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Another of the hidden gems in Tasmania's West Coast 'mining belt' is Queenstown. The town was established during the late 19th century mining boom when gold was found in the surrounding mountains, leading to the formation of the Mount Lyell Mining and Railway Company, a company whose fortunes have been closely tied to the development and decline of the town's population.

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Streetscape with mountains behind Queenstown

Queenstown - Hidden Gem

A hidden gem in Tasmania's West Coast 'mining belt' is Queenstown, nestled in a valley alongside Mt Lyell and Mt Owen, and retaining a strong colonial heritage and backwoods historical charm.

The town was established during the late 19th century mining boom when gold was found in the surrounding mountains, leading to the formation of the Mount Lyell Mining and Railway Company, a company whose fortunes have been closely tied to the development and decline of the town's population ever since.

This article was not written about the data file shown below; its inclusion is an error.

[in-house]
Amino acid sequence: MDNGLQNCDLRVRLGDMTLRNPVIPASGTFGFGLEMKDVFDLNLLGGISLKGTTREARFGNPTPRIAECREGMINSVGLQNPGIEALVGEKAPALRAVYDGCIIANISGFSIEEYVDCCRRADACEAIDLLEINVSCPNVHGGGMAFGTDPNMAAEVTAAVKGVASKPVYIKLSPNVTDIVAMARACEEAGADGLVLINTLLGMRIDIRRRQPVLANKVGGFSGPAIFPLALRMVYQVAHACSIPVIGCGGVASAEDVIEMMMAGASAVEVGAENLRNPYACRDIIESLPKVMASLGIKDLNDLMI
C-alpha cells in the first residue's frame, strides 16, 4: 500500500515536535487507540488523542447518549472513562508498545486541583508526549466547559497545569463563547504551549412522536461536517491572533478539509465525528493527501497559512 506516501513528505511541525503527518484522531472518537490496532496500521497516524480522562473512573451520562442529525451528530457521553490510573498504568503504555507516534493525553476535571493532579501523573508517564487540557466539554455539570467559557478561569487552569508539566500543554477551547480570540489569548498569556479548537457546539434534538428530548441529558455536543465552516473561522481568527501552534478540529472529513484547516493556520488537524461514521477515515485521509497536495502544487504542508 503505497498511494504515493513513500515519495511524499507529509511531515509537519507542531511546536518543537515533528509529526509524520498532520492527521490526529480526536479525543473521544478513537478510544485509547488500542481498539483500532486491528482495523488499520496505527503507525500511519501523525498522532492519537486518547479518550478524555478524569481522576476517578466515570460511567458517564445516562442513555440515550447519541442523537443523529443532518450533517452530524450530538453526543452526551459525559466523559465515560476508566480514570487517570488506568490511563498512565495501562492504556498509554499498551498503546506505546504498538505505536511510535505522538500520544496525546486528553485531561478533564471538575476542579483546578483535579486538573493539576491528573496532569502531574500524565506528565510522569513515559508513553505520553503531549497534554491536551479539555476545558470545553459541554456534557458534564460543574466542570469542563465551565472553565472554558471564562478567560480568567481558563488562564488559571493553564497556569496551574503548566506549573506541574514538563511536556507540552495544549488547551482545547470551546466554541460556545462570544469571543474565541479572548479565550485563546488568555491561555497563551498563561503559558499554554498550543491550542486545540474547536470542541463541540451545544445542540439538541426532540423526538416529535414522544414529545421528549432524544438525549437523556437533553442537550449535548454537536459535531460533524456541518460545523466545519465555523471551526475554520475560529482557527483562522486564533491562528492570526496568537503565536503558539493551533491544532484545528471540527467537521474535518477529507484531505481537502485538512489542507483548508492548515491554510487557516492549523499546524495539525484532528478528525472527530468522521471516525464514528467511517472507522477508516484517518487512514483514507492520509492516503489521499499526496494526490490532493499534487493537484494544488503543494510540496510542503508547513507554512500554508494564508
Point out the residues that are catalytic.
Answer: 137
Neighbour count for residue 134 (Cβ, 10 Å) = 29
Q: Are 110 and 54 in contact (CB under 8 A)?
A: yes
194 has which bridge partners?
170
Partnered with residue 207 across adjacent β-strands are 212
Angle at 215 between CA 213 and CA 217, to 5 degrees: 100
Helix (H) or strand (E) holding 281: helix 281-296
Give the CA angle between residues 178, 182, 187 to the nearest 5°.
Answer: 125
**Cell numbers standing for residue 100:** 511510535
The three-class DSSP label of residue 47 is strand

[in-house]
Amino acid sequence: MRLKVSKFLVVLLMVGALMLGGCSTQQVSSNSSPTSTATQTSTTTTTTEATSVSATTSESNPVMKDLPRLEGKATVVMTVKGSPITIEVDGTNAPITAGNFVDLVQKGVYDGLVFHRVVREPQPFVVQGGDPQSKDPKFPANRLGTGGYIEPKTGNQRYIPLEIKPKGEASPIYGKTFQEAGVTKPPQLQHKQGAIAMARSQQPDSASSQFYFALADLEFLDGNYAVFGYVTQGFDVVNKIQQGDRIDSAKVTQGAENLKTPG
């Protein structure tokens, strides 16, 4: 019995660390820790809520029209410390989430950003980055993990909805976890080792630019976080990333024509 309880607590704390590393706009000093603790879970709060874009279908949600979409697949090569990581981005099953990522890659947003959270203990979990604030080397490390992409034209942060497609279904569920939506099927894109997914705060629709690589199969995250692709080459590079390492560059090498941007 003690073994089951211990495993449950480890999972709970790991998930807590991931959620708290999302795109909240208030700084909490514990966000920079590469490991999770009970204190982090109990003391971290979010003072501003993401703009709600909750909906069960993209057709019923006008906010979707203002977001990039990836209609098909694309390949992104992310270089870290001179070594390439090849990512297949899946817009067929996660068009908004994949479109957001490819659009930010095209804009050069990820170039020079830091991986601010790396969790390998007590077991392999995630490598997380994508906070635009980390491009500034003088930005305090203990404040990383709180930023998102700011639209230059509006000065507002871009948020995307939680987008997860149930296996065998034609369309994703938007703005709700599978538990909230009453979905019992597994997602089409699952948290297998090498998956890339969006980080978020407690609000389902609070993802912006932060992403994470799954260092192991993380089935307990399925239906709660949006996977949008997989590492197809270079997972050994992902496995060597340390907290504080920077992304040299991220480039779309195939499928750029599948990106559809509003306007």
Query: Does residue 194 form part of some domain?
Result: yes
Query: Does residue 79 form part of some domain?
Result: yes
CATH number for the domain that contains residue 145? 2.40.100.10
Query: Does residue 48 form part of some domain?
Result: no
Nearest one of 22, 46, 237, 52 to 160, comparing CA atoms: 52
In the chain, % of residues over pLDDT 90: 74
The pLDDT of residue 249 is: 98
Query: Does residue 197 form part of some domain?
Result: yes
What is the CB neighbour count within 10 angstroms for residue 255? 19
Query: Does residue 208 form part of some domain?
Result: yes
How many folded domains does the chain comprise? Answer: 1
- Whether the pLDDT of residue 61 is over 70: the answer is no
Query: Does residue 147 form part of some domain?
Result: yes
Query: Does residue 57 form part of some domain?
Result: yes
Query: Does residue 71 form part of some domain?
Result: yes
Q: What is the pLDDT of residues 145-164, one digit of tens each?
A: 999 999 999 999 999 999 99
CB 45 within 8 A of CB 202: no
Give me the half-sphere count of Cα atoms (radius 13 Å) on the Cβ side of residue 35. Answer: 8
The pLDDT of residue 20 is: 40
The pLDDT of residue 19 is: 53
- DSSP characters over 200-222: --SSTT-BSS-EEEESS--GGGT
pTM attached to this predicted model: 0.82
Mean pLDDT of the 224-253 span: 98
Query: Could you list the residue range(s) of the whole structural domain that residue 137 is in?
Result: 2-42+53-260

The facades on the broad main street are still strongly redolent of the high colonial period with the old Victorian hotels, the forbidding Post Office tower and the magisterial Paragon art deco theatre evoking a surpassed age of aspiration to grandeur and prosperity.

Being situated in a mountain valley, low clouds roll by straight off the mountainside and it's not surprising that Queenstown is one of the wettest locations in Tasmania with an annual average rainfall of 2408mm.

Just outside the town you can find yourself in an extraordinary alien landscape—a 'moonscape'—characterised by unusual pink and grey hues that emanate from the conglomerate rocks that comprise the mountainous region. In this environment, one can easily imagine being on another planet or on the set of a post-apocalyptic movie.

Beyond the mountains, there are also a number of abandoned decaying buildings along the side of the road that tell the story of the West Coast's depopulation, a story which is also embodied in the biennial event, The Unconformity. This event is dedicated to reimagining the fate of Western Tasmanian communities as mining and industry began to dwindle in the mid-20th century and celebrating the heritage and legacy of those communities as they have continued to adapt to their historical journey.

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For more information on what to do, see on this website Queenstown